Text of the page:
NSSF Probe: Byarugaba Accuses Minister Amongi of Interference

The former Managing Director of the National Social Security Fund (NSSF) has accussed the Minister of Gender, Labour and Social Development, Betty Amongi of exceeding her mandate and interfering in the entity’s operations.

Richard Byarugaba, on Friday appeared before Parliament’s select committee investigating operations of the Fund to respond to different allegations of abuse of office and mismanagement of investments leveled against him by the Minister.

The allegations were highlighted in the Minister’s letter to the NSSF Board Chairman, Peter Kimbowa questioning the reappointment of Byarugaba when his contract expired at the end of November 2022. The NSSF Board had endorsed Byarugaba’s reappointment together with his then Deputy, Patrick Ayota for another five-year term and Prime Minister Robinah Nabbanja asked Amongi to proceed with the appointment “as recommended by the Board to avoid any managerial gaps, which can put the workers’ funds at risk”.

But Amongi protested the move and instead called for an investigation into the conduct of the former Managing Director while at the fund, but she approved the reappointment of Ayota who is currently the Acting Managing Director NSSF. She also accused Byarugaba of abuse of office and mismanagement of investments, directed that investigations be conducted within two months by the Inspectorate of Government and the Auditor General in line with a resolution by the Board of directors.

In his defence to the select committee, Byarugaba said that the allegations against him are baseless and he accused Minister Amongi of disregarding the governing structure of the Fund by seeking to access 6 billion Shillings to facilitate activities in her Ministry.

He said that the activities that the minister sought to facilitate in the Ministry were already being implemented by NSSF. Byarugaba said that according to the Minister, the controversial 6 billion was to among others, undertaking budgeting, monitoring and oversight of key activities of the Fund, media engagements, benchmarking skills for development, developing and deploying an online system for tracking non-complaince of employers, strengthening inspection and compliance of NSSF by employers and technical support to employers.

Byarugaba described the Minister’s action as a clear conflict of interest.

The NSSF Board Chairman, Peter Kimbowa earlier this week said that the Gender Minister’s request for 6 billion Shillings was irregular. The controversial request was made through a letter from the Minister to Kimbowa.

Different reports indicate that Minister Amongi declined to re-appoint the former NSSF Managing Director, Byarugaba after the Fund failed to approve the 6 billion Shillings.

“The Board has not approved the 6 billion Shillings because the Board isn’t fully aware of the initiative,”  Kimbowa told the select committee.  “The Board has requested management to come up with a comprehensive work plan and examine how the various activities are going to be resourced and we also examine the accountability matrix that will be attached to this project. This has not happened.”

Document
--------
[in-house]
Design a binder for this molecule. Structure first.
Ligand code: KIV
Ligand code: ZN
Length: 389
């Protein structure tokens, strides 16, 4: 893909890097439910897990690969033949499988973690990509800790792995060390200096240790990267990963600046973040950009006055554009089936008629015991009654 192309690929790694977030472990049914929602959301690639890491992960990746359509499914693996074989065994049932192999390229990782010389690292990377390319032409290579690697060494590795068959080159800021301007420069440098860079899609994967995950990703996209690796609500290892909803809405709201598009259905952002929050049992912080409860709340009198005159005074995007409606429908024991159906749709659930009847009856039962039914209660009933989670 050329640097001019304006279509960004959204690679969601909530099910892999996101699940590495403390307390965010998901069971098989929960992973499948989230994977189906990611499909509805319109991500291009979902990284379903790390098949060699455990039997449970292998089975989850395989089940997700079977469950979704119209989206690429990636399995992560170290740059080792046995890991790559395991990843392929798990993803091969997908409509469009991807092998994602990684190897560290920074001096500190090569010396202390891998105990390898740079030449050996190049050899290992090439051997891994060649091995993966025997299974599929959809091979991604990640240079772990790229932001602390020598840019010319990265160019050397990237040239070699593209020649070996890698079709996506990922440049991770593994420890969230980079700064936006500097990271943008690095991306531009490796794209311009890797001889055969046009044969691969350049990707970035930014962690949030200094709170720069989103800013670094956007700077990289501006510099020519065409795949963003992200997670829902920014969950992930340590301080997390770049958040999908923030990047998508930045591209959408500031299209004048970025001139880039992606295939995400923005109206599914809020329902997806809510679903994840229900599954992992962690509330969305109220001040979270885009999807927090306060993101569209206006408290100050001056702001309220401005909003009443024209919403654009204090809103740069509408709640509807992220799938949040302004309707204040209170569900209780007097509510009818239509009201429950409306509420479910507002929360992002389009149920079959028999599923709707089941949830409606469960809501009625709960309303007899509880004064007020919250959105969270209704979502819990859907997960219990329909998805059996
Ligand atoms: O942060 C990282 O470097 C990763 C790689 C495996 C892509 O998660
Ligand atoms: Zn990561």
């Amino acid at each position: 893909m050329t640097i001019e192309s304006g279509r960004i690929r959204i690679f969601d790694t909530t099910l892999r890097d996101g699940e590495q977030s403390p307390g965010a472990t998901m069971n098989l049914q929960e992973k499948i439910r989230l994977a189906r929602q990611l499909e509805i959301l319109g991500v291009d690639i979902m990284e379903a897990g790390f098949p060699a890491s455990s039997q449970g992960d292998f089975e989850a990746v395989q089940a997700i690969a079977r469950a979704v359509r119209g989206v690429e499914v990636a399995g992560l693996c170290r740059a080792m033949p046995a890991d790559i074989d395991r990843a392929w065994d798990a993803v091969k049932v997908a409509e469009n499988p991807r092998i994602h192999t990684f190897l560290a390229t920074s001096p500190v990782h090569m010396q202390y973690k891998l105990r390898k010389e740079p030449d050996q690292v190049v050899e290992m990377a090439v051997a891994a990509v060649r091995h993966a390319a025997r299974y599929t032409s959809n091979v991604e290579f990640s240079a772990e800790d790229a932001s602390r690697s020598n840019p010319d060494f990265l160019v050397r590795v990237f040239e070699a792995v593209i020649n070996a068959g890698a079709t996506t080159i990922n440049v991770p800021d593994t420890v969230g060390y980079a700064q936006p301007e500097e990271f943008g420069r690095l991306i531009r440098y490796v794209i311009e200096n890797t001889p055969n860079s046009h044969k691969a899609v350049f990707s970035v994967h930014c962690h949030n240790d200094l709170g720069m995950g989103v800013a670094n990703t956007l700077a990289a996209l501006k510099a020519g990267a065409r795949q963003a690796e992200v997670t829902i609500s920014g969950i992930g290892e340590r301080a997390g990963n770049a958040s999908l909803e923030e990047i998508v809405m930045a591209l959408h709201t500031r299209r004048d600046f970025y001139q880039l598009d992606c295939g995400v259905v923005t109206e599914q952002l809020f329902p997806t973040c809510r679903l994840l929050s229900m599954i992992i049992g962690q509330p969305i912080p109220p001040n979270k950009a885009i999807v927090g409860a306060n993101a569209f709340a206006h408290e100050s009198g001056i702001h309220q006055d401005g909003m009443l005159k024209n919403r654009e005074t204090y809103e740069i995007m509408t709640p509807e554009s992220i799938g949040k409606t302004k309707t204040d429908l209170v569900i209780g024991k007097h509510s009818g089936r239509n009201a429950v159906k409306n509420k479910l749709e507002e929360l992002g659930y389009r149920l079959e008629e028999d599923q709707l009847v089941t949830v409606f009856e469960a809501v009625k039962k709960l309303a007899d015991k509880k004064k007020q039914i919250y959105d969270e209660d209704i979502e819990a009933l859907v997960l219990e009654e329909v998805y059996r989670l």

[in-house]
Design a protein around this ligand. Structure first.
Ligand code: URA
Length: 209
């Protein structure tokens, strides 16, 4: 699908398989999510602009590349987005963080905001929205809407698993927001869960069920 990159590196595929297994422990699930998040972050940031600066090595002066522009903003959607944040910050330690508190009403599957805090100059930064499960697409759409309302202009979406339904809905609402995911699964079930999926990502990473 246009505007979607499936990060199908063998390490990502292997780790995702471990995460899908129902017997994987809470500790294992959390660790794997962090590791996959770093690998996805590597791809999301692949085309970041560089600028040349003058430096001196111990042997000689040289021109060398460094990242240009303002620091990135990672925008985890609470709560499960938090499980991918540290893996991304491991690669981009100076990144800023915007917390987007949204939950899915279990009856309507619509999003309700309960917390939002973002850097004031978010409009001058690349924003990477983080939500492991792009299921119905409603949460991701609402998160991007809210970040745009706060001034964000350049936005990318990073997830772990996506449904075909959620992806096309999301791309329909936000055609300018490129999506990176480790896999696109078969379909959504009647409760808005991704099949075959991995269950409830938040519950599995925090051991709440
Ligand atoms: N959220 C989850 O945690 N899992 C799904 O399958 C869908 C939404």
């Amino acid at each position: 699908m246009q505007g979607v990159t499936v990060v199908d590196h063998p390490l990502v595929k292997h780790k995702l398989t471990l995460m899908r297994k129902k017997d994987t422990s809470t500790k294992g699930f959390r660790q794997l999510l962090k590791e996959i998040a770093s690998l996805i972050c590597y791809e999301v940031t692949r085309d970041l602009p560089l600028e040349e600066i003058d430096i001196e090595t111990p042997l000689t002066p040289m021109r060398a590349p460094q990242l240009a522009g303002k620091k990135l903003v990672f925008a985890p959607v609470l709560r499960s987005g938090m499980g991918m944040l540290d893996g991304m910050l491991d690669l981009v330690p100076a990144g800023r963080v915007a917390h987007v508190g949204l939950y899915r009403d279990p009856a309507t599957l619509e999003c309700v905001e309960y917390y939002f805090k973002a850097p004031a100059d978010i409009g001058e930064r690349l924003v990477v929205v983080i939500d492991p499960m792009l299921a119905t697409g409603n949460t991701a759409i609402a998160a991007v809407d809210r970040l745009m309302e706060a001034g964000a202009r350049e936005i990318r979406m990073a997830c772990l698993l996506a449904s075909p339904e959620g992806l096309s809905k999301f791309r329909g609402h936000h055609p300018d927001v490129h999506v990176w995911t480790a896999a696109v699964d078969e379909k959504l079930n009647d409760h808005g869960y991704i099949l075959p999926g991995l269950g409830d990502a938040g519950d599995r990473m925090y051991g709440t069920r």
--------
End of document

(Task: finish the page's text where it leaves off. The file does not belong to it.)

Equally, Finance Minister Matia Kasaija on Thursday said that he objected the 6 billion Shillings since the Ministry of Gender received a budget from the Treasury.

But Minister Amongi says that her decision to request for the 6 billion Shillings was guided by Section 29 of the NSSF Act which mandates her to amend the NSSF budget.

Amongi explained that the law provides that the Board may, with the sanction of the Minister make a disbursement notwithstanding that the disbursement is not provided for in any budget. According to Amongi, she requested for the funds after she identified that the Fund’s current financial year 2022/2023 budget did not provide for activities to implement the amended NSSF Act which introduced voluntary contributions.

Meanwhile, Byarugaba contested Minister Amongi’s submission to the select committee regarding the proposed purchase of Nakigalala land measuring 400 hectares. The land is owned by the Muljibhai Madhvani family and is located along the Kampala-Entebbe Expressway. Reports indicate that Madhvani has been trying to sell the Tea Estate to NSSF for three years now.

In her submission to the committee earlier, Amongi said that she blocked the purchase of the land after NSSF requested for 400 billion Shillings while the Government valuer had estimated the cost at 246.1 billion Shillings.

According to the Minister, she got to know about the land in the NSSF budget for the current financial year 2022/2023, when she was asked to approve a block figure of 400 billion which she declined.

Amongi said she could not approve the purchase after the NSSF management failed to provide her with a due diligence report, land title and other documents. 

But Byarugaba told the select committee that the 400 billion was for more than Nakigalala land. He said that out of the 400 billion, only 250 billion was for Nakigalala land, 120 billion for purchasing police land and 30 billion for other ventures.

“The role of the Minister is to approve the budget and not to conduct due diligence which is for the procurement process, this is called interference,” said Byarugaba.

He added that NSSF had been planning to buy Nakigalala land since 2019 and that the valuation of 250 billion was arrived at by the management and the Chief Government Valuer. Byarugaba said that all these reports had been availed to the Minister.

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